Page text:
Celtic Illumination, part 287, We’ll keep a welcome in the hillside
Thankfully the police didn’t show up that night, not that I was that bothered about them. I had all the appropriate paperwork to show that, at least in my opinion, I had gone through all the correct procedures. They may have been right, the land could now belong to them, but no one in their right mind would ask such a party, like ours, to leave immediately. The staff from Plas y Brenin were just playing at being hard-nosed businessmen, and failing dismally. This was not the attitude of most people involved in outdoor activities. Normally it is a very friendly and easy going environment.
It was a beautiful morning and I could have stood there all day long, all week long in fact, just drinking a nice cup of tea and watching the clouds sweep over the mountains. Once again Linda came toward me, this time leading a single man. He reached out a huge hand to me and from the look and feel of his paw it was apparent that he was not a pen pusher. He introduced himself as a local farmer who had been having a beer the previous evening in Cobdens and had heard that we might have a small problem. As I began to speak he stood back. “I didn’t know you were Irish!” he said, at which his whole demeanour changed.
“Look,” he says, pointing into the distance. “I have some land, just across the river from Cobdens; you’re more than welcome to camp there.” Like the farmer with the shotgun at Rhydtalog this fellow assumed, I think at least, that all the cadets were Irish and basically fellow Celts. The hand of friendship was well and truly extended. And given the attitude of many of the Viet Taff who had been burning the English holiday homes in the area I suppose I should not have been surprised by it at all. I told the adult staff to supervise the decampment; I was off with the farmer to view the land he had offered. It certainly was a decent piece of luck as I didn’t have the official MOD map with me that showed the exact location of other sites, I only had my memory of them.
The land he offered was perfect. It was a narrow strip of land about thirty feet wide. It was bordered on one side by the river and behind us, protecting and sheltering us, was a high wall and wood that curved around to meet with the river. Once again there was a slight combat course to cover to get into the site and there was no way we could get the coach across the rough field from the only gate access. I thanked the farmer and agreed that we would take him up on his offer. Normally people can arrive and set up their tent late evening without asking permission. The farmer will come around in the morning and collect a fee from them, which then was usually about fifty pence, per person, for the night. I had some forms with me which I could complete and the farmer submit them and get paid. I of course forget how to count correctly and probably put down more of us than there were, but then as they say, one good favour deserves another.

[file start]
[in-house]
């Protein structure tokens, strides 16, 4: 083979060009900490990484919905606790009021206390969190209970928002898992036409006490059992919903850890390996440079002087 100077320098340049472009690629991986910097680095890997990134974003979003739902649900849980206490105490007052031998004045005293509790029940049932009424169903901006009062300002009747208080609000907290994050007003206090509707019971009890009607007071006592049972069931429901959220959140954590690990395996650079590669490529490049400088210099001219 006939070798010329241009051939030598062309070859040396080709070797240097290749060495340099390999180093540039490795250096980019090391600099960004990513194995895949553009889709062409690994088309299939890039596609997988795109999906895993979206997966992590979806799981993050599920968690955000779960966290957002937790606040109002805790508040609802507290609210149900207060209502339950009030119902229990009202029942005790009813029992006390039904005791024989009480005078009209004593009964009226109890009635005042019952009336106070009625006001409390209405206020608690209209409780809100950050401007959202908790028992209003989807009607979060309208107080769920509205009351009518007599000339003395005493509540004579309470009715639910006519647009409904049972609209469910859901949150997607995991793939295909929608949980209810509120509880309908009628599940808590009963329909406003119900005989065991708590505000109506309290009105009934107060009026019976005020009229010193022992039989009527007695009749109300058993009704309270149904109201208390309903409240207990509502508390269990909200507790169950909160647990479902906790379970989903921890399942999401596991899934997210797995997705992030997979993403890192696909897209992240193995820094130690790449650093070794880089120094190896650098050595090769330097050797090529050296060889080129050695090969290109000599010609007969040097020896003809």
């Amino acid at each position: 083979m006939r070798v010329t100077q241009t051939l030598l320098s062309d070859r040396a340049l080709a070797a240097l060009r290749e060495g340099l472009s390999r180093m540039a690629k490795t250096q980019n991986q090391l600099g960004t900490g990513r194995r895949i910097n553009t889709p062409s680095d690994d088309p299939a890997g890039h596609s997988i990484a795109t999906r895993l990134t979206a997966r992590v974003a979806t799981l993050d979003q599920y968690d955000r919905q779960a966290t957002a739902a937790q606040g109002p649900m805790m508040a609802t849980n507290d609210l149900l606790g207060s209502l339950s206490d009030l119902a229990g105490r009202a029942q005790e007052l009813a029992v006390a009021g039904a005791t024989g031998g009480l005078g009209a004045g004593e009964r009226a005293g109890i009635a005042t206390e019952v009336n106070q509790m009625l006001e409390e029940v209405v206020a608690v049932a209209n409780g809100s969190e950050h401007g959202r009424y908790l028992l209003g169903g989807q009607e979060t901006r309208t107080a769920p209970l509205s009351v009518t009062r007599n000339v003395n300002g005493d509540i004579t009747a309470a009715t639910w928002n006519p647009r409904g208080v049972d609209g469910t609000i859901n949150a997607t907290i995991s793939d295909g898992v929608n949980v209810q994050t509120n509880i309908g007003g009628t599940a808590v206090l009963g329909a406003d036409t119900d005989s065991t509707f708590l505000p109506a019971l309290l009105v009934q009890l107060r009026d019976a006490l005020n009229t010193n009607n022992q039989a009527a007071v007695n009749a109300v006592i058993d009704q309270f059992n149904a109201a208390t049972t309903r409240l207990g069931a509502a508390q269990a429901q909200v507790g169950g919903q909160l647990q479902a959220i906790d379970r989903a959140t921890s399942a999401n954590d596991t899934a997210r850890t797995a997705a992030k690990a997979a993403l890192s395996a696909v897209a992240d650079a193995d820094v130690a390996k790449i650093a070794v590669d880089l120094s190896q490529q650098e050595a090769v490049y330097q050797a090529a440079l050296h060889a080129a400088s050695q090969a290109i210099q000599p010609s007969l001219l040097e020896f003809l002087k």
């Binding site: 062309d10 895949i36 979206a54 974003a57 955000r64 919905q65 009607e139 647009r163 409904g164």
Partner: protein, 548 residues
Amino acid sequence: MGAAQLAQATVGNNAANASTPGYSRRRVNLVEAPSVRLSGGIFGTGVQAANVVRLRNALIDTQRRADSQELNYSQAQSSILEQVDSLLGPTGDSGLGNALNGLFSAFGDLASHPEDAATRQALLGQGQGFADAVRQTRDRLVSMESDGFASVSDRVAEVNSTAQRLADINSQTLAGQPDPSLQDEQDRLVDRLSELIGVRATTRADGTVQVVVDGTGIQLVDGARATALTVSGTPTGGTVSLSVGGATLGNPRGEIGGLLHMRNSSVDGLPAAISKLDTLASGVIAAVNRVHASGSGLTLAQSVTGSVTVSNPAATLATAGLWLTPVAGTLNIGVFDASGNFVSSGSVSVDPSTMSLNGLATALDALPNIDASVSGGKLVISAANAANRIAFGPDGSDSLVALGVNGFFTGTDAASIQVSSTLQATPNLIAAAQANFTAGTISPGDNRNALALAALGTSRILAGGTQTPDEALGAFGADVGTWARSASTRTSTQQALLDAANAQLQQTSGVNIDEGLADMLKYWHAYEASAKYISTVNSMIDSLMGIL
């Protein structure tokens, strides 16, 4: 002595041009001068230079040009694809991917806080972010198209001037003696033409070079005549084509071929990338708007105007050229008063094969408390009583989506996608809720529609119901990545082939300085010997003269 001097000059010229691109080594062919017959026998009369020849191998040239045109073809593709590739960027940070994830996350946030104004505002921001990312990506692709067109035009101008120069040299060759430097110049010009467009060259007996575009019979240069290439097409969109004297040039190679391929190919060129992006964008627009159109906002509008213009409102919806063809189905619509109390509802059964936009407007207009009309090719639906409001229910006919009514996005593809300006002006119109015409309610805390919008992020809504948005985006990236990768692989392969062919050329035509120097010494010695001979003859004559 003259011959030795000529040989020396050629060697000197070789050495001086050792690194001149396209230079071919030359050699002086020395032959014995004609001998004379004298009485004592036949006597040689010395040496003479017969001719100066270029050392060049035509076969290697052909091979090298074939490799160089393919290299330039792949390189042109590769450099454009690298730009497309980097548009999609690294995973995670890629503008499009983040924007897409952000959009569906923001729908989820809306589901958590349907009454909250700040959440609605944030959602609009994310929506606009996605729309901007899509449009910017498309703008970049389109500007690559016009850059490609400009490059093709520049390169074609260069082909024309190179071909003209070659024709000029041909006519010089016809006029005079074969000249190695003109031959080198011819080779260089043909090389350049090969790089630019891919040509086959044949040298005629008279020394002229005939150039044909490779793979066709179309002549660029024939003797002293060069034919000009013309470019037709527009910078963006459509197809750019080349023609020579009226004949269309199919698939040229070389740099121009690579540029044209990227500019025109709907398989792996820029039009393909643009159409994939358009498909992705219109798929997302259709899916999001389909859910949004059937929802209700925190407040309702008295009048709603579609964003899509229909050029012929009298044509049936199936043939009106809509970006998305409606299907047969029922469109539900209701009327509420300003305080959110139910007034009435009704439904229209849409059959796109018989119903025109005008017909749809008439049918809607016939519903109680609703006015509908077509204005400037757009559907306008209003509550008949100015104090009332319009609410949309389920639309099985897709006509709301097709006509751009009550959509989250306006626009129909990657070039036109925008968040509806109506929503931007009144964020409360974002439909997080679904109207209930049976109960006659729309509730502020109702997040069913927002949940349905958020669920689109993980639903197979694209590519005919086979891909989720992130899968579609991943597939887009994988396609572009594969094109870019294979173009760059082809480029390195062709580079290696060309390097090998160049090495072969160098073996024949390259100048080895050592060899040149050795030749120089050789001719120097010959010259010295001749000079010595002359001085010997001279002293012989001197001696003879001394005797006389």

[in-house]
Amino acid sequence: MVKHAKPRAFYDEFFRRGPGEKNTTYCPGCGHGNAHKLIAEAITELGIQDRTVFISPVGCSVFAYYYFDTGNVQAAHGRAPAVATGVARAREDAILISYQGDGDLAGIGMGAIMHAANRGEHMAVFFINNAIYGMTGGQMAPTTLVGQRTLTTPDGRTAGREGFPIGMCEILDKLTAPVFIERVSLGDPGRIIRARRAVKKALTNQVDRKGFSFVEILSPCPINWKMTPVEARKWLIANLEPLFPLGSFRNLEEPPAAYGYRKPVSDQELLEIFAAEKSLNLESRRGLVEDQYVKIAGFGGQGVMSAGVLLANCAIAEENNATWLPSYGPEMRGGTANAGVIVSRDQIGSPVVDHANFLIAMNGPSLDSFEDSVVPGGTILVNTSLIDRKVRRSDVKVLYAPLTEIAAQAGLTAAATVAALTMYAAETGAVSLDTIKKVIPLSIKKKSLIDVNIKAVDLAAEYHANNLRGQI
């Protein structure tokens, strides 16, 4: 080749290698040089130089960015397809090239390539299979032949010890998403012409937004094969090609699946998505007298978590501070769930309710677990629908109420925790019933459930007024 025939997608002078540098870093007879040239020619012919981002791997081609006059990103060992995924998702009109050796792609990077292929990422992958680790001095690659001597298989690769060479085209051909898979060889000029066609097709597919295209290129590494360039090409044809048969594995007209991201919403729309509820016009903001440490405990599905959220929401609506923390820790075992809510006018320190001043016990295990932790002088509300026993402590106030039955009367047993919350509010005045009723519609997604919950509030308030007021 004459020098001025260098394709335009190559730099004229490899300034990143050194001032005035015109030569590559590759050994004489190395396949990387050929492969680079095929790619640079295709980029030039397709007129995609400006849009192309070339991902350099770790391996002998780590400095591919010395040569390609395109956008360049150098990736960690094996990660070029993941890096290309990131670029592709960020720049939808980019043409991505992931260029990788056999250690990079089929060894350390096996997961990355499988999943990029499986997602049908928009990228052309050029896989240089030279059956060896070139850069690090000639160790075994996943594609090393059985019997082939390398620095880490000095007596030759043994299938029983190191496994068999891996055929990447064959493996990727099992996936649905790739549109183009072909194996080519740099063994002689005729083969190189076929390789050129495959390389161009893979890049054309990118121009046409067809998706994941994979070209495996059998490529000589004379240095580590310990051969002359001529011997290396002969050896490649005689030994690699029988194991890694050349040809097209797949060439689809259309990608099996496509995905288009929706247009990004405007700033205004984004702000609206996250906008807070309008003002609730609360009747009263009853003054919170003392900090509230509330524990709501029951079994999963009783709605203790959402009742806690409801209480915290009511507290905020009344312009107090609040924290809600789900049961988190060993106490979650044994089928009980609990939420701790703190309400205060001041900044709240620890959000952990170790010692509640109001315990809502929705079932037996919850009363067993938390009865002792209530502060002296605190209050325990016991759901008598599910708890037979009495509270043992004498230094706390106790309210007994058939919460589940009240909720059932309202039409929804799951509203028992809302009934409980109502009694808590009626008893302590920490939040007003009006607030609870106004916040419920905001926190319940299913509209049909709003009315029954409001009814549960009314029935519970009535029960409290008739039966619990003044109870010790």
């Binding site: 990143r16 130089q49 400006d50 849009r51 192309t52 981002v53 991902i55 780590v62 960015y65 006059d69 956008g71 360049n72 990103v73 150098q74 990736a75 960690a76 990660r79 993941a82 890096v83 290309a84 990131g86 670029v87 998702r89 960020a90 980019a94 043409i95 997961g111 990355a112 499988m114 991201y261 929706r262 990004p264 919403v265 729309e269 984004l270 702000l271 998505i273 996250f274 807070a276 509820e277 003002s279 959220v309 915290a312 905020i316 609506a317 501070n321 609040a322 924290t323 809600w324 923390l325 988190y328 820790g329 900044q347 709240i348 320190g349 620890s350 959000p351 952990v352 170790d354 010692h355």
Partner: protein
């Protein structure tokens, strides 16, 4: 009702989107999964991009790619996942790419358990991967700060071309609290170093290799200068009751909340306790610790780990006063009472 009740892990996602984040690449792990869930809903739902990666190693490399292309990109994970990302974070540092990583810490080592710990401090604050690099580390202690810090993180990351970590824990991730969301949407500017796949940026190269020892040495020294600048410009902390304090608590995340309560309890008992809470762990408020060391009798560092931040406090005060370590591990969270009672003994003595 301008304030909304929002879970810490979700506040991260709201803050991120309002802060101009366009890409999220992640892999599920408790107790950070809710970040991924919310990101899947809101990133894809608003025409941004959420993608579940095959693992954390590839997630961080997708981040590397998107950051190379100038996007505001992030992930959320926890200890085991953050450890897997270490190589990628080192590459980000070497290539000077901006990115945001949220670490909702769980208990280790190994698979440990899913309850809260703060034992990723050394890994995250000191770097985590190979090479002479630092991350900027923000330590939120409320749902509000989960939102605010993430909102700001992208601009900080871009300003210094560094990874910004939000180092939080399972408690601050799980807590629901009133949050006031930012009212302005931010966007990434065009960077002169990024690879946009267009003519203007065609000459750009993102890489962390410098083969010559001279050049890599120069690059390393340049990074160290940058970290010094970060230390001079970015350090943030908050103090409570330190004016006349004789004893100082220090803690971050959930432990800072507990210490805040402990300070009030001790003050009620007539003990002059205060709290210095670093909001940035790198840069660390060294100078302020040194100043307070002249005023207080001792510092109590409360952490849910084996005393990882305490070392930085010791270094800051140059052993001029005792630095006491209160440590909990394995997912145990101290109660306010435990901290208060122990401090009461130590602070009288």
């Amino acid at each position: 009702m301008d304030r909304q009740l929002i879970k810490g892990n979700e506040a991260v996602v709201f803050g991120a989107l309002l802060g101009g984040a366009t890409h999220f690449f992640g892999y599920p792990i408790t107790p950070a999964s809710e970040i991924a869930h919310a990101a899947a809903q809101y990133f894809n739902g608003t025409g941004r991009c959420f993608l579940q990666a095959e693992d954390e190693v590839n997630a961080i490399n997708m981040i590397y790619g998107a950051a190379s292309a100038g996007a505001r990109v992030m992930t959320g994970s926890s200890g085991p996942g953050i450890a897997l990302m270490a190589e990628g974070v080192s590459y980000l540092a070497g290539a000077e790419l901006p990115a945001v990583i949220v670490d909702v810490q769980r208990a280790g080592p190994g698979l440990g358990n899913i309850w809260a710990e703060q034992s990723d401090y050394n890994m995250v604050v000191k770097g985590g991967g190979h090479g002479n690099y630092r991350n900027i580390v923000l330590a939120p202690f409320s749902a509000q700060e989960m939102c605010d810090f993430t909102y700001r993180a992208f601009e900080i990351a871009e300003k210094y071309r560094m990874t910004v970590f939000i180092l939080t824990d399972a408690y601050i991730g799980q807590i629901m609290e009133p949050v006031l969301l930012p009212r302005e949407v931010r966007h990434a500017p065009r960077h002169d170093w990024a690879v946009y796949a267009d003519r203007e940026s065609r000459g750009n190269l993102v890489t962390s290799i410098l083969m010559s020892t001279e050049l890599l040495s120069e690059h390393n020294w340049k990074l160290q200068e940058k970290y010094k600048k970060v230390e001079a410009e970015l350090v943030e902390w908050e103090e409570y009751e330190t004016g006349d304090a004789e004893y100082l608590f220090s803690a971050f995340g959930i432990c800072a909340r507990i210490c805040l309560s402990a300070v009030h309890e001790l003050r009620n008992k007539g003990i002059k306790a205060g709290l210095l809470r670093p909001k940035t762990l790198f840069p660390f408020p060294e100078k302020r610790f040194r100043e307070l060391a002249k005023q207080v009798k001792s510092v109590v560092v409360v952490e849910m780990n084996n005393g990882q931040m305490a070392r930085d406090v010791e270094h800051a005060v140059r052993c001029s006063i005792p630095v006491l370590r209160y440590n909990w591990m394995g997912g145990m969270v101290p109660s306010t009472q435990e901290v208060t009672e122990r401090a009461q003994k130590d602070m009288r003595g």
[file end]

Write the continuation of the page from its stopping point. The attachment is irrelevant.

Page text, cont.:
As I had expected the moral was quite low and I knew that I had to step in and try to lead from the front. We managed to break camp, move all our gear to the side of the road and then pile it all back on to the coach. Cobdens was only half a mile back along the road so I asked John, the driver, to hang fire as I went down to see the manager and ask his permission to use his car park so that we could unload. The manager agreed and we parked up and began to unload. This time we had to cross a narrow bridge, but at least it was solid, and then traverse a rocky outcrop, that wasn’t too bad, and then twenty five or thirty yards of rough wooded ground to a small wire fence and we were on our new camp site.
The largest and heaviest single item was the canvas for the cook shack. I made sure that I got a hold of it, and leading by example, began to jog to the new camp site. I could feel that the canvas tent wasn’t positioned correctly on my shoulders, but I needed to try and raise the moral of the troops. I thundered off, calling for the cadets to follow me, which they did. My heart was in my mouth as I traversed the rock, as the raging river beneath me looked rather cold. Once clear, I opened my legs up and increased my pace, still calling for the cadets to follow me. As I leapt the fence, and here you probably have a mental image of grace and refinement, perhaps something like Red Rum clearing Bechers Brook at Aintree, and you would be correct. Unlike my traverse of the rocky outcrop, my heart was not in my mouth this time but the field was.